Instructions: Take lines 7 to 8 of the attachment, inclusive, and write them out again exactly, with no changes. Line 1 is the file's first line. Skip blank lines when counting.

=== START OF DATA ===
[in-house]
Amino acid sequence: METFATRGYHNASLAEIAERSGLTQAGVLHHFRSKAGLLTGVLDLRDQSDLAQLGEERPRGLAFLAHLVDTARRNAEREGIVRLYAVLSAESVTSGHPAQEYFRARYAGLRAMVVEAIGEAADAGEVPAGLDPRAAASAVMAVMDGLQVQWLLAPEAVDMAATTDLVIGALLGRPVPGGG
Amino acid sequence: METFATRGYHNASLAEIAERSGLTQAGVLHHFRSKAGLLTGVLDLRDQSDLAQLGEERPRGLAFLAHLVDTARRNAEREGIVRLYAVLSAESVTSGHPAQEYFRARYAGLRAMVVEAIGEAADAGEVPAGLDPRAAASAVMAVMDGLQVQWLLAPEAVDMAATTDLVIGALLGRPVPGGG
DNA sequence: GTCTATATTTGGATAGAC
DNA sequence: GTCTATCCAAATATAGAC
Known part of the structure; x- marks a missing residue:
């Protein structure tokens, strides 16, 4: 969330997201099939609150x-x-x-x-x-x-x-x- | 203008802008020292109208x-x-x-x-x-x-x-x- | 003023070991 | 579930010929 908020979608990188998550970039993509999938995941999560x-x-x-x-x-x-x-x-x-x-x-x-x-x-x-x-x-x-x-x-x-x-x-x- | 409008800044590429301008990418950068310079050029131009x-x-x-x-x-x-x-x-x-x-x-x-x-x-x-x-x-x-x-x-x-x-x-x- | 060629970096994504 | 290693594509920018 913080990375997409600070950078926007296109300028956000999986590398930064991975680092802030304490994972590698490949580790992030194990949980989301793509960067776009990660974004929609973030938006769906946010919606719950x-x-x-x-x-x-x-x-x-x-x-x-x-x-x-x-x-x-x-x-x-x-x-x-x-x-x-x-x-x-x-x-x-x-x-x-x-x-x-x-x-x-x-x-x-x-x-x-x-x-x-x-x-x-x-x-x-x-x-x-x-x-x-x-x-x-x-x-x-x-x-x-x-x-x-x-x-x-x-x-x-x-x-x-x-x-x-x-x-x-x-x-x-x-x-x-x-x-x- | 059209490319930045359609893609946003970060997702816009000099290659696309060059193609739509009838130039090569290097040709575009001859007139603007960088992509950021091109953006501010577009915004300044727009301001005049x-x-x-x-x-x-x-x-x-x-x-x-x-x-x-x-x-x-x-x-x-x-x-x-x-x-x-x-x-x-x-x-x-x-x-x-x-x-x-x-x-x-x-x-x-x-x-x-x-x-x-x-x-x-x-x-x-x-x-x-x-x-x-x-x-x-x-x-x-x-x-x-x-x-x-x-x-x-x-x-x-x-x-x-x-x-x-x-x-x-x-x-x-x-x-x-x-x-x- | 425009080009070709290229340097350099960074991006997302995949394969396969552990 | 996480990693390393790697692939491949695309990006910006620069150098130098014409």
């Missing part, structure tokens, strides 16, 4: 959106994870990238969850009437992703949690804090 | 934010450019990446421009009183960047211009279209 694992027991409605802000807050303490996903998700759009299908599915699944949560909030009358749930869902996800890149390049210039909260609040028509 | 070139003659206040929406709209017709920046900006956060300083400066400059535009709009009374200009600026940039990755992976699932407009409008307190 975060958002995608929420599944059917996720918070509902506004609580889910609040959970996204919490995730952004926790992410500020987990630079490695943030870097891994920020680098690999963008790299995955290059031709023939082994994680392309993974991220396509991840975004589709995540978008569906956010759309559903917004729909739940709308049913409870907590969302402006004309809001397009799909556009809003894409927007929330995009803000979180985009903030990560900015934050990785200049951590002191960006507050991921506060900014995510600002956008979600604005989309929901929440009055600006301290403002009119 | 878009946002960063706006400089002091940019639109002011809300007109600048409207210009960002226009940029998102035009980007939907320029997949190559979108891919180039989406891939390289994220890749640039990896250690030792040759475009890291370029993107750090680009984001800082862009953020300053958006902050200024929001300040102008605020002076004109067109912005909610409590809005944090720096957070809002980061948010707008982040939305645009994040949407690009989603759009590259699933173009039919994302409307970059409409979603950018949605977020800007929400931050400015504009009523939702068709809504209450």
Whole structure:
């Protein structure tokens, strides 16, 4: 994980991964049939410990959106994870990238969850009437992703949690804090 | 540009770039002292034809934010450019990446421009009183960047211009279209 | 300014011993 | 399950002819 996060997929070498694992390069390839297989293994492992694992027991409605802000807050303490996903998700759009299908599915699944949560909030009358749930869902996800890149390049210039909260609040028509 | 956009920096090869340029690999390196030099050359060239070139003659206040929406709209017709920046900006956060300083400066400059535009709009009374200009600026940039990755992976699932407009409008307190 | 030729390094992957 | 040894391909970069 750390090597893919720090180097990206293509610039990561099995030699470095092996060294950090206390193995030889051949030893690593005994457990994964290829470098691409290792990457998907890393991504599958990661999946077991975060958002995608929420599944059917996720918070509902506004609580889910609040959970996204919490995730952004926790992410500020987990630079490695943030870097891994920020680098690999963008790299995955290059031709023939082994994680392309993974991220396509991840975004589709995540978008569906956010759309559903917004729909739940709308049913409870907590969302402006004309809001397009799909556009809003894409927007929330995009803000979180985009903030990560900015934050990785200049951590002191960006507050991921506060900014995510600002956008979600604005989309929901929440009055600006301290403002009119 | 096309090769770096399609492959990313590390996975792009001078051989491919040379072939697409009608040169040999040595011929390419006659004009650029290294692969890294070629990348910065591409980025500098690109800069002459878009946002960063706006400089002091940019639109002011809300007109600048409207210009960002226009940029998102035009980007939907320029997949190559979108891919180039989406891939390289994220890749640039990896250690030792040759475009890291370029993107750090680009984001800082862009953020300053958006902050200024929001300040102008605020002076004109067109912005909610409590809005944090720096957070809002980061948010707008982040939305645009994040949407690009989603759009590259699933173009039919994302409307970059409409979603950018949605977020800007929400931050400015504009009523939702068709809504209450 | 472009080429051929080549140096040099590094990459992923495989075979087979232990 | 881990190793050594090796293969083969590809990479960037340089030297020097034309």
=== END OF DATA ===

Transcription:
């Protein structure tokens, strides 16, 4: 969330997201099939609150x-x-x-x-x-x-x-x- | 203008802008020292109208x-x-x-x-x-x-x-x- | 003023070991 | 579930010929 908020979608990188998550970039993509999938995941999560x-x-x-x-x-x-x-x-x-x-x-x-x-x-x-x-x-x-x-x-x-x-x-x- | 409008800044590429301008990418950068310079050029131009x-x-x-x-x-x-x-x-x-x-x-x-x-x-x-x-x-x-x-x-x-x-x-x- | 060629970096994504 | 290693594509920018 913080990375997409600070950078926007296109300028956000999986590398930064991975680092802030304490994972590698490949580790992030194990949980989301793509960067776009990660974004929609973030938006769906946010919606719950x-x-x-x-x-x-x-x-x-x-x-x-x-x-x-x-x-x-x-x-x-x-x-x-x-x-x-x-x-x-x-x-x-x-x-x-x-x-x-x-x-x-x-x-x-x-x-x-x-x-x-x-x-x-x-x-x-x-x-x-x-x-x-x-x-x-x-x-x-x-x-x-x-x-x-x-x-x-x-x-x-x-x-x-x-x-x-x-x-x-x-x-x-x-x-x-x-x-x- | 059209490319930045359609893609946003970060997702816009000099290659696309060059193609739509009838130039090569290097040709575009001859007139603007960088992509950021091109953006501010577009915004300044727009301001005049x-x-x-x-x-x-x-x-x-x-x-x-x-x-x-x-x-x-x-x-x-x-x-x-x-x-x-x-x-x-x-x-x-x-x-x-x-x-x-x-x-x-x-x-x-x-x-x-x-x-x-x-x-x-x-x-x-x-x-x-x-x-x-x-x-x-x-x-x-x-x-x-x-x-x-x-x-x-x-x-x-x-x-x-x-x-x-x-x-x-x-x-x-x-x-x-x-x-x- | 425009080009070709290229340097350099960074991006997302995949394969396969552990 | 996480990693390393790697692939491949695309990006910006620069150098130098014409």
């Missing part, structure tokens, strides 16, 4: 959106994870990238969850009437992703949690804090 | 934010450019990446421009009183960047211009279209 694992027991409605802000807050303490996903998700759009299908599915699944949560909030009358749930869902996800890149390049210039909260609040028509 | 070139003659206040929406709209017709920046900006956060300083400066400059535009709009009374200009600026940039990755992976699932407009409008307190 975060958002995608929420599944059917996720918070509902506004609580889910609040959970996204919490995730952004926790992410500020987990630079490695943030870097891994920020680098690999963008790299995955290059031709023939082994994680392309993974991220396509991840975004589709995540978008569906956010759309559903917004729909739940709308049913409870907590969302402006004309809001397009799909556009809003894409927007929330995009803000979180985009903030990560900015934050990785200049951590002191960006507050991921506060900014995510600002956008979600604005989309929901929440009055600006301290403002009119 | 878009946002960063706006400089002091940019639109002011809300007109600048409207210009960002226009940029998102035009980007939907320029997949190559979108891919180039989406891939390289994220890749640039990896250690030792040759475009890291370029993107750090680009984001800082862009953020300053958006902050200024929001300040102008605020002076004109067109912005909610409590809005944090720096957070809002980061948010707008982040939305645009994040949407690009989603759009590259699933173009039919994302409307970059409409979603950018949605977020800007929400931050400015504009009523939702068709809504209450």